The statistics, which cover childhood and infant mortality numbers, unexplained death in infancy, suicides and avoidable mortality, are set to be scrapped as part of a cost-cutting initiative.
The UK’s childhood mortality rates are amongst the worst in Western Europe, and the charities are warning that without the ONS data, it will difficult to know exactly why children are dying, what policies should be introduced to reduce unnecessary deaths and whether interventions are working.
They also point out that no other central body collects this information or has the infrastructure to collate or quality assure such data – and international organisations such as the World Health Organisation use the ONS data to compile international information on child health and well-being.
Dr Hilary Cass, President of the Royal College of Paediatrics and Child Health, said: “We are gravely concerned at the implications of the ONS no longer producing child mortality statistics. The UK is already lagging behind its European counterparts – with around 2,000 excess child deaths a year compared to the best performing country. We need robust annual statistics to help reduce that figure by allowing us to delve deeper into why children are dying, propose solutions for preventing avoidable deaths and track progress.
“Put simply, not producing these stats poses a real threat to improving child health.”
Those in support of maintaining the publication of annual child mortality statistics by the ONS are being asked to tweet their support using the hashtag: #savethestats
11.36am The Telegraph reports that internet safety filters that are designed to protect children from pornography are also blocking access to sexual health advice.
Research by BBC Newsnight found that several reputable sexual health sites were blocked, and a number of pornography sites were not blocked.
Speaking at the regulator’s board meeting, chief executive David Behan said he supported a duty which applied to cases where “serious” harm had been caused to patients, and not just incidents which resulted in death or “severe” harm.
Mr Behan said “being on the side of patients” had led him to back “a much more comprehensive reporting policy…consistent with serious [harm]”.
10.55am Healthcare technology company McKesson UK has said it intends to re-apply for the contract to administer the NHS’s human resources and staff payroll system after its current contract expires in 2015.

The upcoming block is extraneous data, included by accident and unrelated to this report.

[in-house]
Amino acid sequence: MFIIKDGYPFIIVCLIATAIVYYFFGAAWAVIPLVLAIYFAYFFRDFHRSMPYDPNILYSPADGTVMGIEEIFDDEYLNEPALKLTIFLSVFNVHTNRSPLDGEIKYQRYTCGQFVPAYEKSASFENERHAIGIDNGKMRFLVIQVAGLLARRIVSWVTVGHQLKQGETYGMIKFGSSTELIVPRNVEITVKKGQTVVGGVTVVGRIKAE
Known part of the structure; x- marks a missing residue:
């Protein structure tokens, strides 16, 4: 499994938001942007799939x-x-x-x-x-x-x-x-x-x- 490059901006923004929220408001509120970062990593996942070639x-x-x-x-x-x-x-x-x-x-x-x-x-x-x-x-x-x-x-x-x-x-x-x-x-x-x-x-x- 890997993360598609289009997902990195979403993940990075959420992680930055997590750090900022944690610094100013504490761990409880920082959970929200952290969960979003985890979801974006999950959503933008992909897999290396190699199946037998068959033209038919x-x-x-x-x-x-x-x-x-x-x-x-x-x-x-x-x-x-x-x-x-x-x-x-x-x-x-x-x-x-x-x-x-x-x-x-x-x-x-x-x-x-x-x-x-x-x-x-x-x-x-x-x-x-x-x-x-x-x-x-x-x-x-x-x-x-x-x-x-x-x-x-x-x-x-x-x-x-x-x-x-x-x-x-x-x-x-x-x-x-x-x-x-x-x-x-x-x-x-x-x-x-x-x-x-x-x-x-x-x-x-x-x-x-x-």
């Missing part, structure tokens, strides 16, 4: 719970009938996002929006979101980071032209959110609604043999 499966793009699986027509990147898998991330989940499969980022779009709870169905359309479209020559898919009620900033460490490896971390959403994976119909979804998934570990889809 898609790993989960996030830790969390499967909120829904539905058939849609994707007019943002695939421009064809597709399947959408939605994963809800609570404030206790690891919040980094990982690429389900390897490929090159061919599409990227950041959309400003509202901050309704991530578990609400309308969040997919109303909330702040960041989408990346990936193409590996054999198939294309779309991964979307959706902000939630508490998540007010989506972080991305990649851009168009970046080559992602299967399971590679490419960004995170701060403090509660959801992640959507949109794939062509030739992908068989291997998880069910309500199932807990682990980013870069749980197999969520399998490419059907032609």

The firm has administered the health service’s electronic staff record system since its inception in 2001 but its current contract is set to end in August 2015, following a one-year extension agreed with the Department of Health.
“McKesson and its ESR team is extremely proud of its track record of operating the NHS ESR,” a company spokesman said. “With the 10-year ESR contract now coming to a successful conclusion we are looking forward to the new and exciting challenges posed by the forthcoming re-procurement.”
10.46am Drugs giant GlaxoSmithKline will stop paying for doctors to attend medical conferences and scrap some sales targets as it seeks to mend its reputation in the wake of a damaging scandal over multimillion-pound bribery claims in China.
Chief executive Sir Andrew Witty said the changes were about putting the needs of patients first and “meeting the wider expectations of society” though he did not link them to the allegations.
Glaxo said it would stop the practice of paying for healthcare professionals to speak on its behalf about products or diseases to audiences who can prescribe or influence prescribing, as well as no longer funding individuals to attend conferences.
10.40am Here’s an update on the final recommendations for Mid Staffs -
Accident and emergency services will remain open and a midwife-led maternity unit will be opened at Stafford Hospital, but consultant-led obstetrics services will move to University Hospitals of North Staffordshire Trust.
Inpatient paediatric services will also move but a paediatric assessment unit will run alongside the A&E.
10.33am Also in The Times, the family of a British doctor, believed to have been killed in a Syrian prison, has criticised the British government for allowing him to die and not doing enough to bring his body home. Abbas Khan, an orthopaedic surgeon from Streatham, travelled to Syria last year with a humanitarian charity. He was captured by Syrian troops last November.
Asked to rate out of 10 how obstructive the current regulations were to service change, with one being no impediment and 10 indicating impossibility, the average across chief executives was 6.8.
Eighty-eight per cent of respondents to the latest HSJ/Capsticks survey of hospital chiefs said securing change to competition and choice rules should be a priority for incoming NHS England chief executive Simon Stephens (see graphs below).
10.27am The Health and Social Care Information Centre will now include staff earnings and absences in its monthly workforce data round-up.
10.24am The Times reports on figures from the Health Survey of England, which suggest the London Olympics failed to encourage children to exercise. According to the survey, fewer children exercised last year than they did in 2008.
Themi Nkala, senior cardiac nurse at the British Heart Foundation, said: “These disappointing figures show that even an Olympic year could not boost dwindling levels of physical activity in England.”